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Yosemite National Park to reopen to limited visitors this summer as pandemic continues

California plans its reopening
California plans its reopening 03:36

Yosemite National Park will require advanced reservations for day visitors during the peak summer season to limit the number of visitors and allow social distancing in the nearly 1,200-square-mile federal preserve amid the pandemic.

Under the new rules, advance reservations will be required for day-use visitors who enter Yosemite from May 21 to September 30, the San Jose Mercury News reported.

The park's superintendent, Cicely Muldoon, said large crowds already have been coming to the park in recent weeks, and there are still cases of COVID-19 spreading in California as well as other states and countries from where visitors are coming.

"The basic plan is to protect human health and safety and provide as much access as we can," Muldoon said Thursday during a meeting with government and business leaders of the communities surrounding the park.

Rocky Mountain National Park and Glacier National Park are putting in place similar rules, which have been encouraged for decades by environmental groups but resisted by gateway communities whose economies depend heavily on tourism.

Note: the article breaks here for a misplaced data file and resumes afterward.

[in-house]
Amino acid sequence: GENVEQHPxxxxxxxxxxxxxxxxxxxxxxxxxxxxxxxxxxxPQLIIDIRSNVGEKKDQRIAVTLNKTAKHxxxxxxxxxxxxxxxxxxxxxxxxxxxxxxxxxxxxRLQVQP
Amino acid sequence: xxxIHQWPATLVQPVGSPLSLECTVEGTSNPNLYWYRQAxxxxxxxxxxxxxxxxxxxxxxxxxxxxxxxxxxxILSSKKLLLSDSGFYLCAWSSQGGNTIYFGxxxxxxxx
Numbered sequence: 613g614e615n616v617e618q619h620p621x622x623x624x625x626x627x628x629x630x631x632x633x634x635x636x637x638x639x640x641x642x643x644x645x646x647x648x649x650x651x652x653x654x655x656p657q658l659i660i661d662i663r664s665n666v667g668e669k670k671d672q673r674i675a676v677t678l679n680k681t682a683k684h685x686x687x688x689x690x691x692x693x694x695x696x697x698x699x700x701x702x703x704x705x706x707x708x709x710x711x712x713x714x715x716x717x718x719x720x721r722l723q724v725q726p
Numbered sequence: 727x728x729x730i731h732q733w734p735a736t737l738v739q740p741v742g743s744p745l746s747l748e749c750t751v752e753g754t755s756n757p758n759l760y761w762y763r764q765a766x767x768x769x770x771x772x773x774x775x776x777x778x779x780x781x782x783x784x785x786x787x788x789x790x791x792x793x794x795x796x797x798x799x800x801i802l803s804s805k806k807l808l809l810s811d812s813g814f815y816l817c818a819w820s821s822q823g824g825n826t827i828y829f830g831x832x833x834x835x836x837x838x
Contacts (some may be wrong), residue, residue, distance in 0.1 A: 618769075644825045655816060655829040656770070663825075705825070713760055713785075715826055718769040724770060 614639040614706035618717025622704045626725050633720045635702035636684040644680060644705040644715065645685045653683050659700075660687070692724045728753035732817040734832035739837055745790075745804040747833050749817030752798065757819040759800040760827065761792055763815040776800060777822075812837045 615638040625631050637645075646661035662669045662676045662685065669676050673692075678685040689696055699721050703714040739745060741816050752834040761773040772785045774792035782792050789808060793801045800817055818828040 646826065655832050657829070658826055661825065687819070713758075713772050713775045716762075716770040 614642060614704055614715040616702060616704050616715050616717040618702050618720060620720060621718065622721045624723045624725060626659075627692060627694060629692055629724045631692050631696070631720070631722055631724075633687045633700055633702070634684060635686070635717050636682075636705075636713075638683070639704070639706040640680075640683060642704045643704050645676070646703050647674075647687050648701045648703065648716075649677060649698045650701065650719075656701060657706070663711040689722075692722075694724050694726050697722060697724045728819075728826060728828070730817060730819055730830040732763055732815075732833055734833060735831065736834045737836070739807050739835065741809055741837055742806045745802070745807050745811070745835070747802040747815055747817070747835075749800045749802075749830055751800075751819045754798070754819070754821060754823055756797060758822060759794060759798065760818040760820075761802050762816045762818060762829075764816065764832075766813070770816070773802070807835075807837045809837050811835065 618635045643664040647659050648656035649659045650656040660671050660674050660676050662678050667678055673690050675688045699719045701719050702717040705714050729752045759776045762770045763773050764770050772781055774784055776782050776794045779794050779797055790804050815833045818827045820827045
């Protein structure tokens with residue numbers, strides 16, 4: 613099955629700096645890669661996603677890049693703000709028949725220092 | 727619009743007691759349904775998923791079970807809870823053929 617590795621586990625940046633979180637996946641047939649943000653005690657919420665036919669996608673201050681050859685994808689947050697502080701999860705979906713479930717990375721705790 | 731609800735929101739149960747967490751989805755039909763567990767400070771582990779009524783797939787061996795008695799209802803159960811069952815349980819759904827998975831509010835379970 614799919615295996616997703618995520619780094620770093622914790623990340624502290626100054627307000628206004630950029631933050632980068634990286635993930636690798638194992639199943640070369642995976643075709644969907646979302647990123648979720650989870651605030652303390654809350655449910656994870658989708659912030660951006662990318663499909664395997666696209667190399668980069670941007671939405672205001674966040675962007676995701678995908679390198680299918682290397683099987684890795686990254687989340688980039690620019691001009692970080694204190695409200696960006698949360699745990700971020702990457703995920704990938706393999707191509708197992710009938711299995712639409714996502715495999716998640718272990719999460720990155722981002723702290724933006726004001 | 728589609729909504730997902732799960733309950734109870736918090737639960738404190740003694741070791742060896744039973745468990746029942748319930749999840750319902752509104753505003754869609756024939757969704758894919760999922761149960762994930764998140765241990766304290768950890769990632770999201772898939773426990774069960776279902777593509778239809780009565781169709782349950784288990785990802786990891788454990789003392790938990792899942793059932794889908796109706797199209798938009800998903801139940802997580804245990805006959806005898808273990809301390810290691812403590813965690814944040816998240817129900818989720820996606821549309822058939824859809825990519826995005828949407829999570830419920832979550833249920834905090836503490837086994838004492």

A similar day-use reservation system was in place last summer. It resulted in Yosemite's visitor rates dropping by half. This summer the number of visitors allowed will range from 50% to 90%, or vehicle capacity depending on what levels of COVID-19 are found in Mariposa County on the park's western edge. Currently, with Mariposa in California's "moderate" orange tier, Yosemite will allow 70% of normal summer visitation — or about 5,760 vehicles a day. 

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"We think these numbers will allow people to enjoy the park safely," Muldoon said.

Reservations can be made at www.recreation.gov beginning at 8 a.m. on April 21. Each day-use reservation is valid for one vehicle for three days. Vehicles that arrive at park entrances after May 21 without reservations will not be admitted.

Due to pandemic concerns, park shuttle buses will not run this summer. Some, but not all campgrounds in the park will be open, with 585 sites available starting July 1, compared to 247 last year.

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